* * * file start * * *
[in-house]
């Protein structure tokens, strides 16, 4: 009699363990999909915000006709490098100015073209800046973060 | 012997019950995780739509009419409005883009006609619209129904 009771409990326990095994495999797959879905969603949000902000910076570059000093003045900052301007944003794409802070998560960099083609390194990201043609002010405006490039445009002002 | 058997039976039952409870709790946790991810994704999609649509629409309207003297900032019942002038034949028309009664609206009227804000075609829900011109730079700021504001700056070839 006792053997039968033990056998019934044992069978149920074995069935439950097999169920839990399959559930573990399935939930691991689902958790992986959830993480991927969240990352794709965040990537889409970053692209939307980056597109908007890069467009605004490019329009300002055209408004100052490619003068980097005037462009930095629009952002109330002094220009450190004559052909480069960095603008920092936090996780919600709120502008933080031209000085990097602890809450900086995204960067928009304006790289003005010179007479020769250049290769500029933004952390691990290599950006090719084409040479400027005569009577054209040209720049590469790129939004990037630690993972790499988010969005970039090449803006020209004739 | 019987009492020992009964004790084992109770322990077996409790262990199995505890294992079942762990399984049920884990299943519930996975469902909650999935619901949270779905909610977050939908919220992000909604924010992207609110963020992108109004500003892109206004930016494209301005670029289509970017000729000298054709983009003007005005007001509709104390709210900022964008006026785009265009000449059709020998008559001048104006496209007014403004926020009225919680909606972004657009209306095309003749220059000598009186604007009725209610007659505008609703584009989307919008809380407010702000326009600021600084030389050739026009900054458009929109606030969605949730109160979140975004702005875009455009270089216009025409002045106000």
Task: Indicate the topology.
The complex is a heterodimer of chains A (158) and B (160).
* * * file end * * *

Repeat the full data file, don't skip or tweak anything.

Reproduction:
[in-house]
């Protein structure tokens, strides 16, 4: 009699363990999909915000006709490098100015073209800046973060 | 012997019950995780739509009419409005883009006609619209129904 009771409990326990095994495999797959879905969603949000902000910076570059000093003045900052301007944003794409802070998560960099083609390194990201043609002010405006490039445009002002 | 058997039976039952409870709790946790991810994704999609649509629409309207003297900032019942002038034949028309009664609206009227804000075609829900011109730079700021504001700056070839 006792053997039968033990056998019934044992069978149920074995069935439950097999169920839990399959559930573990399935939930691991689902958790992986959830993480991927969240990352794709965040990537889409970053692209939307980056597109908007890069467009605004490019329009300002055209408004100052490619003068980097005037462009930095629009952002109330002094220009450190004559052909480069960095603008920092936090996780919600709120502008933080031209000085990097602890809450900086995204960067928009304006790289003005010179007479020769250049290769500029933004952390691990290599950006090719084409040479400027005569009577054209040209720049590469790129939004990037630690993972790499988010969005970039090449803006020209004739 | 019987009492020992009964004790084992109770322990077996409790262990199995505890294992079942762990399984049920884990299943519930996975469902909650999935619901949270779905909610977050939908919220992000909604924010992207609110963020992108109004500003892109206004930016494209301005670029289509970017000729000298054709983009003007005005007001509709104390709210900022964008006026785009265009000449059709020998008559001048104006496209007014403004926020009225919680909606972004657009209306095309003749220059000598009186604007009725209610007659505008609703584009989307919008809380407010702000326009600021600084030389050739026009900054458009929109606030969605949730109160979140975004702005875009455009270089216009025409002045106000």
Task: Indicate the topology.
The complex is a heterodimer of chains A (158) and B (160).